Ident Exhibit A:

You could probably tell exactly what was going to happen before you even clicked the play button, couldn’t you?

Yes, the Hanna-Barbera logo is ingrained on the minds of literally millions of people around the world even though the studio (as a practical production facility) hasn’t existed in over 10 years.

Why bring that point up? Well it’s to illustrate that a brand, and especially an animated one, doesn’t just vanish overnight. Additionally, it is also a studios strongest asset, and something they have to work hard at to bring to fruition.

Ident Exhibit B:

That’s the old one, but the sound remains in use. Frederator have built a particularly strong brand especially in light of two things: firstly, a lot of their productions are under the umbrella of a major network, and secondly, their online efforts have done much to increase awareness of the studio’s existence outside of industry circles.

The Verdict

Both idents provide an indication of who created what, and both are certainly memorable. They establish so in a clear and concise manner too. So why do some studios insist on doing things like this?

https://www.youtube.com/watch?v=zhB08lQoHrA

What does that do beyond signify the creator? Shouldn’t idents also be a creative exercise, one that challeneges studio’s to come up with something truly unique? I believe so, and I wish all studios felt the same way.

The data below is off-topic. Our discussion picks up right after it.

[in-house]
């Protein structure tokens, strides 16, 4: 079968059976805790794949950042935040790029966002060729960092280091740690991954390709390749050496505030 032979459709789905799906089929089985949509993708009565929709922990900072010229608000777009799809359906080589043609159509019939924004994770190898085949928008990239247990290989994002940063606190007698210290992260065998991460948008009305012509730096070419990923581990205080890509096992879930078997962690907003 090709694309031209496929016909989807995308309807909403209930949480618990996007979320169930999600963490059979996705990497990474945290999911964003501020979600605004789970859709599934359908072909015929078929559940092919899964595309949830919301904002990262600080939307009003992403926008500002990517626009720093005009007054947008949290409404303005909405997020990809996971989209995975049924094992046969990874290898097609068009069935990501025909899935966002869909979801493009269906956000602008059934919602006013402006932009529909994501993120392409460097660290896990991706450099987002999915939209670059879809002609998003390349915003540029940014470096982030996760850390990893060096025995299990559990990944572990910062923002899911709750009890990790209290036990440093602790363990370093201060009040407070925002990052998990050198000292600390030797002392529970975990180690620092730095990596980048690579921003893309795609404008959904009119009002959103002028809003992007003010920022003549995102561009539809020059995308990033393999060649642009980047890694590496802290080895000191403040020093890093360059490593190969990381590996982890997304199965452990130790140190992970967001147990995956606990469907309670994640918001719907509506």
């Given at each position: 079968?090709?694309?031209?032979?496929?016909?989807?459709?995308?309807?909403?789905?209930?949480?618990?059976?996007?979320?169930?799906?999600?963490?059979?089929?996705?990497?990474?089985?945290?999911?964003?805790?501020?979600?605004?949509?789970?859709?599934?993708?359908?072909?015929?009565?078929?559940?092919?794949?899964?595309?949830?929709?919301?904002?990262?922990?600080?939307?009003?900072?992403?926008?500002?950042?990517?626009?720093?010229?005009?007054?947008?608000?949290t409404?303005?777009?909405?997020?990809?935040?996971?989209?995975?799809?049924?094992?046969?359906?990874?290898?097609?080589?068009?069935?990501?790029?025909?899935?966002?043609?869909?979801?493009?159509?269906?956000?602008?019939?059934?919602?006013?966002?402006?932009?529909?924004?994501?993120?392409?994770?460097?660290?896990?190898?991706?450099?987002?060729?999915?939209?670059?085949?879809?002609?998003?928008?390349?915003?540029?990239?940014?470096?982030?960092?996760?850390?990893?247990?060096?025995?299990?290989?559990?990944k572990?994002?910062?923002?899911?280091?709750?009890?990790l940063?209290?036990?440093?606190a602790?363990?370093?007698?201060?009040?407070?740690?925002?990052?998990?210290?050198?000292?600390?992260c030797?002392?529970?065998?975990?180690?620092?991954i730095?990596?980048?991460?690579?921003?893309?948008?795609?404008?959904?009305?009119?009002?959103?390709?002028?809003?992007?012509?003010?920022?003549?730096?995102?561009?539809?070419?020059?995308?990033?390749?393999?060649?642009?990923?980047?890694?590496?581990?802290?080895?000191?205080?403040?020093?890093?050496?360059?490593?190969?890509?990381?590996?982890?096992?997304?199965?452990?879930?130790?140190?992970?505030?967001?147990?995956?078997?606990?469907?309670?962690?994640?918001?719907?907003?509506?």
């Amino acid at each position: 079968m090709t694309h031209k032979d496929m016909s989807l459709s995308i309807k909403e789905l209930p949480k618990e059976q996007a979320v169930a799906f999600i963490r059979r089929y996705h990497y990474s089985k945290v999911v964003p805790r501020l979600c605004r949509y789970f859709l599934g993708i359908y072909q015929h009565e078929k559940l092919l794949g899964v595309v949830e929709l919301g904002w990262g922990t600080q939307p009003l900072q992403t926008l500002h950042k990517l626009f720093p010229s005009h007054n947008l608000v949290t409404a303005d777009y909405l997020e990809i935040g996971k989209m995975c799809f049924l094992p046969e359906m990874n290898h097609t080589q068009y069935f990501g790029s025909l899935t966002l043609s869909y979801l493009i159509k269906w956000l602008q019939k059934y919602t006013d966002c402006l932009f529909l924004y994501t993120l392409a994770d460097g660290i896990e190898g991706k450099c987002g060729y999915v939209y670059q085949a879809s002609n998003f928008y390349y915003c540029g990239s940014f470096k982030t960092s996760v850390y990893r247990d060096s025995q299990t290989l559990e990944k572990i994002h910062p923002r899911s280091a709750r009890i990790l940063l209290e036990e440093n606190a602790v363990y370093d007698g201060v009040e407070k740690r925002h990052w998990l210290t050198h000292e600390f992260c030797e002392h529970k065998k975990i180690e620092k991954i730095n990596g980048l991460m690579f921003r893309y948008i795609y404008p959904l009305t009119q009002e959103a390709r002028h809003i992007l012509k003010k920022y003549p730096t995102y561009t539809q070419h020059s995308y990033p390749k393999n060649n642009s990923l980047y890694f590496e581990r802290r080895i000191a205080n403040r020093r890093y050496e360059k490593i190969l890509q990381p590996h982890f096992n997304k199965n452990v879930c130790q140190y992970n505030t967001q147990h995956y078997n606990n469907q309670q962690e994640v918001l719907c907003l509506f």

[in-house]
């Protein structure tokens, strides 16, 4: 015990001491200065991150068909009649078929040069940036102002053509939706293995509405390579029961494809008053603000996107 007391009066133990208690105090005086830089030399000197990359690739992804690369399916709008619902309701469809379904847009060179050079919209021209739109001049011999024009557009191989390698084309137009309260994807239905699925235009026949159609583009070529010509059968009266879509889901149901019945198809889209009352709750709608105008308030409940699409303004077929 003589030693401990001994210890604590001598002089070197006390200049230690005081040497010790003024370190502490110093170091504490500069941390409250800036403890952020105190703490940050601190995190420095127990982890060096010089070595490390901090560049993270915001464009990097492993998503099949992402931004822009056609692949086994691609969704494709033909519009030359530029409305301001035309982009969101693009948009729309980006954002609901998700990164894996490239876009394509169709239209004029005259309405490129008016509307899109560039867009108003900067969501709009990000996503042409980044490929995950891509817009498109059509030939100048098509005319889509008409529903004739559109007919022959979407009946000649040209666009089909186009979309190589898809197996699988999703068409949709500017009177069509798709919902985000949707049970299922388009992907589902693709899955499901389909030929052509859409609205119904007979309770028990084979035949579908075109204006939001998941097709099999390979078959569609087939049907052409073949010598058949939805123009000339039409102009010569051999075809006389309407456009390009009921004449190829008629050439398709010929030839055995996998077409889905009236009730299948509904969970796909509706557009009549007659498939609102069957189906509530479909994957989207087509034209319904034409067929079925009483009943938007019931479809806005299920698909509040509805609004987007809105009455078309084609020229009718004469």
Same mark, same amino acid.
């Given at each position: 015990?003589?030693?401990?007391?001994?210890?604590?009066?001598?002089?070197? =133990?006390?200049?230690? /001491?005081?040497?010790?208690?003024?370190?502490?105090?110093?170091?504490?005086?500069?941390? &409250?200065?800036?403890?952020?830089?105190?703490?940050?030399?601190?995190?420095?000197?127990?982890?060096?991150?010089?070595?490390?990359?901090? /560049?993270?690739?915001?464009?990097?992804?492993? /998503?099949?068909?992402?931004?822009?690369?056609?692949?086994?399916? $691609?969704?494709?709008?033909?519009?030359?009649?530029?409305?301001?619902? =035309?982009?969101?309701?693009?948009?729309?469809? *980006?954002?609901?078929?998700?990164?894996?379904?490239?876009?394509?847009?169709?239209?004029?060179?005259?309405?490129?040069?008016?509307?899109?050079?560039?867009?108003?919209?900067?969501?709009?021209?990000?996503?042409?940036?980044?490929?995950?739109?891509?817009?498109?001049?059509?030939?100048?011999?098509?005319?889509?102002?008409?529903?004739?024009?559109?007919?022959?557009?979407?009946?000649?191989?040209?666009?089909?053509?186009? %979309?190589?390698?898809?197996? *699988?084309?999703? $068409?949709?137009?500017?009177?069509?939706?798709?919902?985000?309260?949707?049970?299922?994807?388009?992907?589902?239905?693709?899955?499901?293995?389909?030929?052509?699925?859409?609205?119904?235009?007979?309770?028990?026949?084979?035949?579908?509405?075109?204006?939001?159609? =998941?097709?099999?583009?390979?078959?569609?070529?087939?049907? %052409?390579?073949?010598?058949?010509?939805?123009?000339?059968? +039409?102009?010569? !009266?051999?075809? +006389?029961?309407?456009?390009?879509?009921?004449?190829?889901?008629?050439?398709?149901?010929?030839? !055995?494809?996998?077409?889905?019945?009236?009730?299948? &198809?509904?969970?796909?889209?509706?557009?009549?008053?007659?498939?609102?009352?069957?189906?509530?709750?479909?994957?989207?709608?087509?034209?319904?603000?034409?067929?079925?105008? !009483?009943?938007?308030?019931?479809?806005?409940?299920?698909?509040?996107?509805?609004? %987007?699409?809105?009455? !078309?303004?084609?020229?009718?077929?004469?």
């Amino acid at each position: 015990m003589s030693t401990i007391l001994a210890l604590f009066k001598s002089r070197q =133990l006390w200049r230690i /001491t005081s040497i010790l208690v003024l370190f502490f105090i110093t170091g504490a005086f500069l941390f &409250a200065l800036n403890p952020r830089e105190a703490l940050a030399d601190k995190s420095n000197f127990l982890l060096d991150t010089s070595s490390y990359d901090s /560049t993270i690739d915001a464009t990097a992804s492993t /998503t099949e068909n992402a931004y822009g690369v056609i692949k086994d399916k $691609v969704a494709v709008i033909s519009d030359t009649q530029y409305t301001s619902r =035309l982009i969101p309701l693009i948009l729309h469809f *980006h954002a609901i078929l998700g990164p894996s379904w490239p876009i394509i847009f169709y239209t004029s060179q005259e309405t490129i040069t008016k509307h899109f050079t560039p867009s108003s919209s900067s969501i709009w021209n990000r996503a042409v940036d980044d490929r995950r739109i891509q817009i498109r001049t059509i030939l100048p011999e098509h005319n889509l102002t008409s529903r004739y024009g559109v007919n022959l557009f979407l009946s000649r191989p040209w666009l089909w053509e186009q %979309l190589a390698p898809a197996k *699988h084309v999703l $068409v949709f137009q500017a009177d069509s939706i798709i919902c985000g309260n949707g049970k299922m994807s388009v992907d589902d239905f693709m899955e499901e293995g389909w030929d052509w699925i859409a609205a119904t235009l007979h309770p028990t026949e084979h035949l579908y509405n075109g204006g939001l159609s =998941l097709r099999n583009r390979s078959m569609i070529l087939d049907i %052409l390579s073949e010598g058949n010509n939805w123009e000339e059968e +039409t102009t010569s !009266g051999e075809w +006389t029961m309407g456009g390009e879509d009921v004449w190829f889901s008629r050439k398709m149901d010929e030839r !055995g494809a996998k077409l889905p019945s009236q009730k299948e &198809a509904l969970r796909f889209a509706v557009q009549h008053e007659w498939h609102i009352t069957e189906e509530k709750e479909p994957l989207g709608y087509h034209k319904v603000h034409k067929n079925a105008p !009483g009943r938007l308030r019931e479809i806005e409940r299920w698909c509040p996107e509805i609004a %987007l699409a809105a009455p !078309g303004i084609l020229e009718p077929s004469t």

Week Links 23-2013

Another set of week links you should consumer and muse upon.

How we know female led superhero movies are doomed.

Eric Burns-White ponders the declining market for female superheroes and why that is. Here’s the thrilling conclusion:

The Superhero equivalent of Heaven’s Gate failed so utterly that it proved beyond a shadow of a doubt that having a superhero movie with a female lead, regardless of any other factors or any other movie experiences, is entirely nonviable in today’s market.

Which movie is he talking about? You’ll just have to read it to find out.

‘Monsters,’ ‘Despicable Me 2,’ ‘Turbo’: Summer’s Brutal Animation War

I’m sure you may have read this somewhere else but I’ll just add two things:

  1. It perpetuate the notion that animation is a genre of film. You don’t read any stories about the a brutal ‘war’ between superhero films, so you?
  2. Squeezing so many films into just one part of the year further implies that we’re in a bubble.

Legend of Korra Soundtrack: Music as Storyteller

Via: Mike DiMartino
Via: Mike DiMartino

Efforts to get an official release for the The Last Airbender series and its successor have apparently paid off with this announcement. While we continue to call for a release for the former, the latter will see the light of day on July 16th.

I’ve written about soundtracks multiple times (like here and here) and even wrote a detailed post on how to petition for the official Last Airbender release. While it’s a bit confusing as to why Nickelodeon is releasing one for Korra while a complete Airbender on exists is beyond me, but this is almost certainly being done as a test of demand. With hope, the full OST for The Last Airbender will come out soon.

Tweets of the Week

[blackbirdpie url=”https://twitter.com/BravestWarriors/status/343465371854061573″]

shezow ratings